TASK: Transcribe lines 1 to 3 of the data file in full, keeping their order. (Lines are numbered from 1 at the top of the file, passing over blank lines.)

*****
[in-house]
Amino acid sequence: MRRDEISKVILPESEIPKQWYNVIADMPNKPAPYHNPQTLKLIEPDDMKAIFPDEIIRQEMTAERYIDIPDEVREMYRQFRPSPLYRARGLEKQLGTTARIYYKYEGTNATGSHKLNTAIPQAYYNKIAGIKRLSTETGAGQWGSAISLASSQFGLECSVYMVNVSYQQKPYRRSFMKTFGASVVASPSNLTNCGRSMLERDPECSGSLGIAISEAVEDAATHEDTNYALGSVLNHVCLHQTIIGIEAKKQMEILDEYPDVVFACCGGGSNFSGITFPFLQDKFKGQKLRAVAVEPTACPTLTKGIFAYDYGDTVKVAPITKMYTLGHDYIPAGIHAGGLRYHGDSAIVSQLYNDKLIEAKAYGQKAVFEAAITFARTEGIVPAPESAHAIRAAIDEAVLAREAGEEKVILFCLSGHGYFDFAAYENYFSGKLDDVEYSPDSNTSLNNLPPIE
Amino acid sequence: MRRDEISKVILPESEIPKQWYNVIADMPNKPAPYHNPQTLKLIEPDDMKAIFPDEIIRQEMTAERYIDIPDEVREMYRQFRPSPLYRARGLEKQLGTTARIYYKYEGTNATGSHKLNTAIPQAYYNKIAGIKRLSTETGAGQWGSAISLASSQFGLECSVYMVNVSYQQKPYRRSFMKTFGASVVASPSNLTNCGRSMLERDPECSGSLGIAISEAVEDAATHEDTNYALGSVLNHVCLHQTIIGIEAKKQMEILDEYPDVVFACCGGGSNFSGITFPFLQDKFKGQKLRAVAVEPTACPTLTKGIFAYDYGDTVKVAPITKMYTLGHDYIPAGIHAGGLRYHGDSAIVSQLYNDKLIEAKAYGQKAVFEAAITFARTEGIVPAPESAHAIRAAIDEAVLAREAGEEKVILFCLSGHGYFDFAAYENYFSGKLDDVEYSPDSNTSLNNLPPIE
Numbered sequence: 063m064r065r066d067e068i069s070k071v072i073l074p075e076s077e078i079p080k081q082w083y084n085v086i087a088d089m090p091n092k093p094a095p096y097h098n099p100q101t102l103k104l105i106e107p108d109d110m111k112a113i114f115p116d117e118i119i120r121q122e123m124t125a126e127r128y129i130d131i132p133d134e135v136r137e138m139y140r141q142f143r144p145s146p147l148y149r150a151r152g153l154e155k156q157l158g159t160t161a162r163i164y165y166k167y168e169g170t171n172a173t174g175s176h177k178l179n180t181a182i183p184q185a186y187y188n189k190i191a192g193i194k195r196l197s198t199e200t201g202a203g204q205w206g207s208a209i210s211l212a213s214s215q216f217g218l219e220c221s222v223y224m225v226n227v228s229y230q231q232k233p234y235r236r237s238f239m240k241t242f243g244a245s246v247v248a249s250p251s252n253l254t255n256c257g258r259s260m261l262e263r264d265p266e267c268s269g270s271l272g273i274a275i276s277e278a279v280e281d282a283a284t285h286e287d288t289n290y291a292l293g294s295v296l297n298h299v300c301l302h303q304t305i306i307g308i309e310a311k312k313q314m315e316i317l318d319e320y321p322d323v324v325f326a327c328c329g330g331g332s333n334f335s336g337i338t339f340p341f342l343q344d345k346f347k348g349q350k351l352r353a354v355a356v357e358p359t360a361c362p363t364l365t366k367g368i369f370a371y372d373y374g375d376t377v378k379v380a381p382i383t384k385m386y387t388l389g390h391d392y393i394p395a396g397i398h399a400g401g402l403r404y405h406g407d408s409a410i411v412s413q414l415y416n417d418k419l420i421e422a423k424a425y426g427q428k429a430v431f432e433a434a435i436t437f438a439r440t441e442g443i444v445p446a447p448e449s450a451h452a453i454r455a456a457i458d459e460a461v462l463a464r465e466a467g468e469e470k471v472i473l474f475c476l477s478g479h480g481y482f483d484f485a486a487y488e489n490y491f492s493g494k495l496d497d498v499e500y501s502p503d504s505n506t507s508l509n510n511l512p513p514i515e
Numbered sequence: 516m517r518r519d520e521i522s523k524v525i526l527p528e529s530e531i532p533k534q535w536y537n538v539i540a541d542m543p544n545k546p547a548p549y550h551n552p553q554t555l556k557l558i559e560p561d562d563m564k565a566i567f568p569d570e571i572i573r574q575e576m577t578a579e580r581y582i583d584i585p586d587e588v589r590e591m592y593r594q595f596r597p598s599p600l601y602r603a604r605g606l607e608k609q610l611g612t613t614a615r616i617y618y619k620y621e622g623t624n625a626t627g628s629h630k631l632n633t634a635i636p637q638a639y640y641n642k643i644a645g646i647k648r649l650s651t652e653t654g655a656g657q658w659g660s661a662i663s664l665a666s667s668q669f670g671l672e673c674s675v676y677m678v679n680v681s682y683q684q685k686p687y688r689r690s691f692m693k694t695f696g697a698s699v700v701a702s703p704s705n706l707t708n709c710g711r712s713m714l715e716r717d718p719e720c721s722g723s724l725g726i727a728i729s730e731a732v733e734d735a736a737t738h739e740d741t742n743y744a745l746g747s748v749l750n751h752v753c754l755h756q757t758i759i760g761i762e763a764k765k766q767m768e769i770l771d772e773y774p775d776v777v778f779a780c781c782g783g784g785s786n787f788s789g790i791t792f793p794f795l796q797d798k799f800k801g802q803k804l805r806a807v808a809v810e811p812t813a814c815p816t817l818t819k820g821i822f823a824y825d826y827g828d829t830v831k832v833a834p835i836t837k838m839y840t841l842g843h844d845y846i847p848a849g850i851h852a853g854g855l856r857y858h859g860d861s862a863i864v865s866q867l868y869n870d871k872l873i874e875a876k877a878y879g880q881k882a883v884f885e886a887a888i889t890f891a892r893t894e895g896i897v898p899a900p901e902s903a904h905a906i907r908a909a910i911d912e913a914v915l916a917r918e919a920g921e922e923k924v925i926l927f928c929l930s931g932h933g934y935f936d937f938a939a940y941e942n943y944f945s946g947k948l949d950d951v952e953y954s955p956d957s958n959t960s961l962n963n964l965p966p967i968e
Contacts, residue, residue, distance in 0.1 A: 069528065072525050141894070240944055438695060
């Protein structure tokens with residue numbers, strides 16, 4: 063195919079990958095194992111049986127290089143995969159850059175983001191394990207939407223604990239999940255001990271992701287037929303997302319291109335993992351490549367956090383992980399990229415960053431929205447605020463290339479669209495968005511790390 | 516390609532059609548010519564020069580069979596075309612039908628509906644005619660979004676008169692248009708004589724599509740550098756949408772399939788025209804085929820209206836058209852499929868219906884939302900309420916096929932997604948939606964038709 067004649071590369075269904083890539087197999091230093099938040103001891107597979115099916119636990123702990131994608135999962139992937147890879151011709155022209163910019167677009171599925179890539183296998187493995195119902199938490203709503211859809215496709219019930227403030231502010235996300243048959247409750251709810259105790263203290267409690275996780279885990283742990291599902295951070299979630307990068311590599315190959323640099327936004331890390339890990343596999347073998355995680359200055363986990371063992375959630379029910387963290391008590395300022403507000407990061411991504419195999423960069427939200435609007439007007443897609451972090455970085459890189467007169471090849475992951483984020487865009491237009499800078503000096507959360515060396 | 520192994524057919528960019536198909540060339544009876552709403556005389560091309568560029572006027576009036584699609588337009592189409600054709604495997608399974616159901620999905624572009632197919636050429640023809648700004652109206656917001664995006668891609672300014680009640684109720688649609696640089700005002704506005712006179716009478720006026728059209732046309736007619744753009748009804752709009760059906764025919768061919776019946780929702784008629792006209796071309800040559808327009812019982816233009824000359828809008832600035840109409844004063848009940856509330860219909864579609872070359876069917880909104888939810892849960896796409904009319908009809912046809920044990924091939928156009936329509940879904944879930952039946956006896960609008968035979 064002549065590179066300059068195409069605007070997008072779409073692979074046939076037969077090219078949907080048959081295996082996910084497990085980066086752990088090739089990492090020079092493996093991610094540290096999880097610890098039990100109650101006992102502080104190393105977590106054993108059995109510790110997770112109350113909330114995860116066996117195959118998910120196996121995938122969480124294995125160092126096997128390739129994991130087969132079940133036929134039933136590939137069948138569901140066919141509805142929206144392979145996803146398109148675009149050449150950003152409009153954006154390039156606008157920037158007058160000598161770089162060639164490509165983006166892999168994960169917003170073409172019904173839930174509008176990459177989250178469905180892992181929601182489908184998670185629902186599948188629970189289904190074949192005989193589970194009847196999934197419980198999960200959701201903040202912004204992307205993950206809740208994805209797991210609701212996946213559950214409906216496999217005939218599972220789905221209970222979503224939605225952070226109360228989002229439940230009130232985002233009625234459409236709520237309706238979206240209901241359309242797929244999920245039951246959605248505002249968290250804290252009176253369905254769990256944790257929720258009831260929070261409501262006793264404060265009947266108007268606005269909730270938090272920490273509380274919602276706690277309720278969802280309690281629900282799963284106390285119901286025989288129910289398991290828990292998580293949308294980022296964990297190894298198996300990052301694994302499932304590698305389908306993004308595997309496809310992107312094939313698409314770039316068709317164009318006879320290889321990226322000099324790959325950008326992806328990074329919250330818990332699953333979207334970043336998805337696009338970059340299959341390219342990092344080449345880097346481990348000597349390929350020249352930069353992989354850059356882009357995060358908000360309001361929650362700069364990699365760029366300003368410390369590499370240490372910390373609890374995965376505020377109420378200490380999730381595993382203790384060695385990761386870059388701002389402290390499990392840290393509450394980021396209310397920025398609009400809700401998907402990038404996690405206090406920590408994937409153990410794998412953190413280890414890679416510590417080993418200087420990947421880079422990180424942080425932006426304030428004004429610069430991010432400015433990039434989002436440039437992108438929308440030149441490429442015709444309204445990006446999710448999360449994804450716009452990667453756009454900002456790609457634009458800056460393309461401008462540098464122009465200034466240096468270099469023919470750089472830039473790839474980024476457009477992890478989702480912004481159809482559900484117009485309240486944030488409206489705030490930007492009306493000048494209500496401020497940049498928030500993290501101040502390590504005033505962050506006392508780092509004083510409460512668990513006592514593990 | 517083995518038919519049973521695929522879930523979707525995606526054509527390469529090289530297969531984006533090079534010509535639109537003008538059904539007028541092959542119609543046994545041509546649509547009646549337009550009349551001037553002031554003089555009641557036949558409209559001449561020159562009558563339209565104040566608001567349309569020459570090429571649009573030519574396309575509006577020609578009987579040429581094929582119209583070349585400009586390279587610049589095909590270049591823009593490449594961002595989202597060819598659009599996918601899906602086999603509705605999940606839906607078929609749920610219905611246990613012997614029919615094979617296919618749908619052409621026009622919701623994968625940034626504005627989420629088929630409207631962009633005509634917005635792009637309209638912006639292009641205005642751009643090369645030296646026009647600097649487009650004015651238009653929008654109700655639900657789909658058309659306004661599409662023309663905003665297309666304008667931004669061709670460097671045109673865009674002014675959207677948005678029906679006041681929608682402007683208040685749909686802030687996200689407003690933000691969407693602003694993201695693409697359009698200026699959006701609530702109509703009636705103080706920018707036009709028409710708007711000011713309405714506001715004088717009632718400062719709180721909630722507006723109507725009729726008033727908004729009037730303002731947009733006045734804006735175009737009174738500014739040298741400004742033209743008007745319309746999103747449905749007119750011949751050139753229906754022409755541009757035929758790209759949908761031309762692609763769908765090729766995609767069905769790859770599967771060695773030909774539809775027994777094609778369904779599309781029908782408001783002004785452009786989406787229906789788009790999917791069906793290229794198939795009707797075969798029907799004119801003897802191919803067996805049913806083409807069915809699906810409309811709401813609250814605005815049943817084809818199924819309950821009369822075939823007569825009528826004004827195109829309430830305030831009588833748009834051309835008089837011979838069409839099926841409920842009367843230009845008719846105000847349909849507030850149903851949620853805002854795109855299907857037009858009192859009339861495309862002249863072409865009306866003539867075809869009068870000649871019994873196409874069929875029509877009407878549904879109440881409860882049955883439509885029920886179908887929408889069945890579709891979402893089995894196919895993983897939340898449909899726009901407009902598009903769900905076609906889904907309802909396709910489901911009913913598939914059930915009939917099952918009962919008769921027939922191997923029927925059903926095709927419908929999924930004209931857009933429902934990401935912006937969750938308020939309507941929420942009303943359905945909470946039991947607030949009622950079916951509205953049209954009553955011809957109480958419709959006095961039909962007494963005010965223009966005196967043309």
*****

[in-house]
Amino acid sequence: MRRDEISKVILPESEIPKQWYNVIADMPNKPAPYHNPQTLKLIEPDDMKAIFPDEIIRQEMTAERYIDIPDEVREMYRQFRPSPLYRARGLEKQLGTTARIYYKYEGTNATGSHKLNTAIPQAYYNKIAGIKRLSTETGAGQWGSAISLASSQFGLECSVYMVNVSYQQKPYRRSFMKTFGASVVASPSNLTNCGRSMLERDPECSGSLGIAISEAVEDAATHEDTNYALGSVLNHVCLHQTIIGIEAKKQMEILDEYPDVVFACCGGGSNFSGITFPFLQDKFKGQKLRAVAVEPTACPTLTKGIFAYDYGDTVKVAPITKMYTLGHDYIPAGIHAGGLRYHGDSAIVSQLYNDKLIEAKAYGQKAVFEAAITFARTEGIVPAPESAHAIRAAIDEAVLAREAGEEKVILFCLSGHGYFDFAAYENYFSGKLDDVEYSPDSNTSLNNLPPIE
Amino acid sequence: MRRDEISKVILPESEIPKQWYNVIADMPNKPAPYHNPQTLKLIEPDDMKAIFPDEIIRQEMTAERYIDIPDEVREMYRQFRPSPLYRARGLEKQLGTTARIYYKYEGTNATGSHKLNTAIPQAYYNKIAGIKRLSTETGAGQWGSAISLASSQFGLECSVYMVNVSYQQKPYRRSFMKTFGASVVASPSNLTNCGRSMLERDPECSGSLGIAISEAVEDAATHEDTNYALGSVLNHVCLHQTIIGIEAKKQMEILDEYPDVVFACCGGGSNFSGITFPFLQDKFKGQKLRAVAVEPTACPTLTKGIFAYDYGDTVKVAPITKMYTLGHDYIPAGIHAGGLRYHGDSAIVSQLYNDKLIEAKAYGQKAVFEAAITFARTEGIVPAPESAHAIRAAIDEAVLAREAGEEKVILFCLSGHGYFDFAAYENYFSGKLDDVEYSPDSNTSLNNLPPIE